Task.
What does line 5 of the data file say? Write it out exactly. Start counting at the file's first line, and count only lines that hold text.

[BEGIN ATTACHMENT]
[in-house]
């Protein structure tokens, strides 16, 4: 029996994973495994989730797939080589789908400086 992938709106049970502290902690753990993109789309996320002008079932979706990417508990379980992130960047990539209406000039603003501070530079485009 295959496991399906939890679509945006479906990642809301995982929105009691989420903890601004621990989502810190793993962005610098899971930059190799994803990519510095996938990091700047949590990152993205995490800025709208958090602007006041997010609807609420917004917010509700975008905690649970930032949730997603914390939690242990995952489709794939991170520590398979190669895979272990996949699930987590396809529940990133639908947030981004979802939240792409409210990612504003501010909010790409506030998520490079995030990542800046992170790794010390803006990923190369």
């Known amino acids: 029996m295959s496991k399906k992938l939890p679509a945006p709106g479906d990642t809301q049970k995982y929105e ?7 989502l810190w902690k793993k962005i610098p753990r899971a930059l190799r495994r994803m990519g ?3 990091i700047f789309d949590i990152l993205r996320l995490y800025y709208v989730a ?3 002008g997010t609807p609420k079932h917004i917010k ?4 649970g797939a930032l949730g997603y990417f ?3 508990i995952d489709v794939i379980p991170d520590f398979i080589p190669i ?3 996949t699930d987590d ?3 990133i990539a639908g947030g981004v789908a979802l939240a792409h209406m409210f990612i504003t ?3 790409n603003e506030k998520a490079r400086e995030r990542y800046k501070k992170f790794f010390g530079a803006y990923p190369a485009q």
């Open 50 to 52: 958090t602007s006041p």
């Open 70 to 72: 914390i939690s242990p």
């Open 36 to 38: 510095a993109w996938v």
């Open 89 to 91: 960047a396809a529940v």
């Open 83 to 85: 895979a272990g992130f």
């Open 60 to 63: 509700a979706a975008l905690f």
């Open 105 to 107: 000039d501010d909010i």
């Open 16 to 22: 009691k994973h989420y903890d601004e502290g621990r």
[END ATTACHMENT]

């Open 70 to 72: 914390i939690s242990p």